Sandie Will – ia an aspiring author located in the US. who has completed a Young Adult Thriller as well as a Middle-Grade Historical time travel novel. She also has two blogs including http://www.sandiewill.com where she describes her social media adventures and http://www.rockheadsciences.com where she shares her fieldwork and travel stories through the eyes of a geologist. Sandie is currently a manager in the water sustainability industry, but is best known for her homemade cupcakes and occasional beer pong championships by her college sons and friends.

Joanna ‘Meika’ Maciejewska – was born is Poland but has been living in Dublin, Ireland for the past six years. She works as a video games localisation specialist and tries to write whenever she has the time. Her short stories have been published in Polish magazines and anthologies, and now she tries to write in English. Her first story to be published in English was “Miye’s In” in Fiction Vortex and she hopes this was not the last one. When she’s not writing, she’s playing video games, reading or trying to use up her enormous stash of arts & crafts supplies. You can find me at http://www.Melfka.com or @Melfka

Roger Bishop – is a writer living and working in the South of Ireland. His writing is a thrilling mix of fact and fiction. His last novel
‘Unholy Orders’ combined experience and storytelling to produce a sometimes frightening look at the inner workings of the Church of England. You can find him at http://www.rogerobishop.wordpress.com or @rogertheriter

I am lucky enough to be able to direct you all towards a writing team whose process will be very interesting to many of you. The following is in Kaisy’s own words:
James Courtney and Kaisy Wilkerson-Mills are the creators and authors of City-State, a dystopian paradise set around 3211 after the united states fell to a horrendous war. The City-State government hopes to maniacally control its citizens through vile government policies and procedures. However, there is hope with the illegals who live in the underground metropolis of Nocturnity. James and I have been working together for about two years and we thoroughly enjoy one anthers creativity and vibrancy in regards to city state, its evil Dynamic, and influential characters, and its vivid atmosphere.
@KaisyWMills
@JamesaCourtney
citystatewritings.wordpress.com

 

 

 

Who Am I?

I’m a writer currently living in Middle England. I am taking time this year to write a collection of twelve short stories.
I have a great and very patient Editor. I hold an Honours Degree in Applied Human Psychology and I tend not to talk about myself very much mostly because I put all the interesting things on the page, and when you have done that what is there left to say?
I read a great deal and widely. I’m currently listening to a lecture series on Plato’s Republic because, well, I haven’t before. I think it’s important to always be learning and growing.
I enjoy writing and I try to make each piece better than the last.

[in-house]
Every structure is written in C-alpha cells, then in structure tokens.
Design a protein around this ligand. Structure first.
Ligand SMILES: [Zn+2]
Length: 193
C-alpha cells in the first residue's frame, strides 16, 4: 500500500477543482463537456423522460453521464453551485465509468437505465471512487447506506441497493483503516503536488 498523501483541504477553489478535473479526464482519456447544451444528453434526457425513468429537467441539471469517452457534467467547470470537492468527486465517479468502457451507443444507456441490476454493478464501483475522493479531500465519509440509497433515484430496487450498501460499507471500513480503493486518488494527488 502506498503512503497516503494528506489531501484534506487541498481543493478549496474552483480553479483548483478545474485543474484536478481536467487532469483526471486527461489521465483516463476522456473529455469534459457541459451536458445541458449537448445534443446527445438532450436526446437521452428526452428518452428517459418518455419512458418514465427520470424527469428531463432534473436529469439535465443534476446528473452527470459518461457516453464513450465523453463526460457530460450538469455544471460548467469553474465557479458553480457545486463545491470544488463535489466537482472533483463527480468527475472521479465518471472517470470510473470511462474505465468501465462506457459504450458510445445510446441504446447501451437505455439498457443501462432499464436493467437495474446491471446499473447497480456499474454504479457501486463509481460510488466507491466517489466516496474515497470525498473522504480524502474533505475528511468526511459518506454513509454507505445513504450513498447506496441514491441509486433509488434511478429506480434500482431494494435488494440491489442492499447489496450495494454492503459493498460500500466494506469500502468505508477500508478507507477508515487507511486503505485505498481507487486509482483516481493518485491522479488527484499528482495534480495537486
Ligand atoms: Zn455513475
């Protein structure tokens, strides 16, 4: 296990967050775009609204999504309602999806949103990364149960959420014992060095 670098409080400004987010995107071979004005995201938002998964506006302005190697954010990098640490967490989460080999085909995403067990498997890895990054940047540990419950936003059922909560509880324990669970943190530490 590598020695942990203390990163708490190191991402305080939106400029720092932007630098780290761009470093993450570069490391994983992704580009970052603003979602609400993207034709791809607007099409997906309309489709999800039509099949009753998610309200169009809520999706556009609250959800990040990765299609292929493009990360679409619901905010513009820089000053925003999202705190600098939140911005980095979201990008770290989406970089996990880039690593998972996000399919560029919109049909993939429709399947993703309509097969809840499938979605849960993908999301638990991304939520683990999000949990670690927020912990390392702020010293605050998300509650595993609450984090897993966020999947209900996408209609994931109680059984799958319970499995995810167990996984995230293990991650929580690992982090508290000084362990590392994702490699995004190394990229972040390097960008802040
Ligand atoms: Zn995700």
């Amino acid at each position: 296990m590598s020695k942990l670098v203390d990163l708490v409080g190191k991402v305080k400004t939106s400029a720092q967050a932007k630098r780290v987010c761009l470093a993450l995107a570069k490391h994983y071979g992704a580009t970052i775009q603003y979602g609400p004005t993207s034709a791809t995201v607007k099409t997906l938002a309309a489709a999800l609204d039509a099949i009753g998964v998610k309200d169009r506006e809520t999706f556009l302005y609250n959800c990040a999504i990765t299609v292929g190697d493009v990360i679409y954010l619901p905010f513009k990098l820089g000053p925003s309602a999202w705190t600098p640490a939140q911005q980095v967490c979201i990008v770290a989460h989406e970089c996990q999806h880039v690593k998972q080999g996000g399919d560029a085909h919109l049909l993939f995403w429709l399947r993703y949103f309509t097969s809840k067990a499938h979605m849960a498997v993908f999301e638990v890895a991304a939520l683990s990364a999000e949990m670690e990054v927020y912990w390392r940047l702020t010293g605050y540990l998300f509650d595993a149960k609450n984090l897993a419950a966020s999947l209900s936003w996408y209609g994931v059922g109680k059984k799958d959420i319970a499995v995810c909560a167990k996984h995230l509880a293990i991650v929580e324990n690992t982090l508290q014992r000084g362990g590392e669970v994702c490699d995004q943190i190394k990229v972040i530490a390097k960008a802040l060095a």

Tune-up

The English language has built over time and has rules of construction; just as any other builder has to follow a code, the writer should be able to don their hard hat and survey their handiwork. Kick the foundations and see if it wobbles.

In order to do this effectively the writer needs a good and up to date understanding of the rules. I recommend a yearly tune-up with a good grammar.

Of course, there are times when the correct use of grammar is simply incorrect, such as when we represent everyday speech.
Speech follows a whole different set of social rules,

Ya get me blud?

No one said you have to follow the rules all the time but it’s more fun to break them what you know are there.

Lie to me

Isn’t that the basic premise of fiction? I spend all of my days writing about people who don’t do the things I say and certainly aren’t in the places I mention. Usually they aren’t even real people. In fact I am a great big “Liar liar pants on fire” most of the time.

The funny thing is that amongst all the fibs, of which there are many, the thing I am searching for is the truth. The truth of what it means to be human. The truth and mechanics of relationships. To engage a reader in a story you have to find the spark of recognition, the place where a reader realises yes I know this, I have lived this, this man is like me.

In order to get to that place your writing has to remain true to your character.  Are you trying to make a person behave in a way they simply wouldn’t? Does it ring true? You see people really don’t step outside their normal range of behaviour unless they are placed in extreme circumstances and even then it is unusual.

So figure out what your character’s usual reactions would be and then you will know if you step outside them. If you are going there, do it with purpose and conviction. There are times when you can use this fact to advantage but it must be with a character your audience knows very well and I think possibly several books into a series just to shake up the pace. Part of the truth behind people is that we do things for certain reasons; sometimes we don’t know the reason, sometimes we have some insight. We are complicated and understanding and using complicated characters to get to the truth is just about the highest goal of literary fiction.

So Lie to me, I want to know the truth.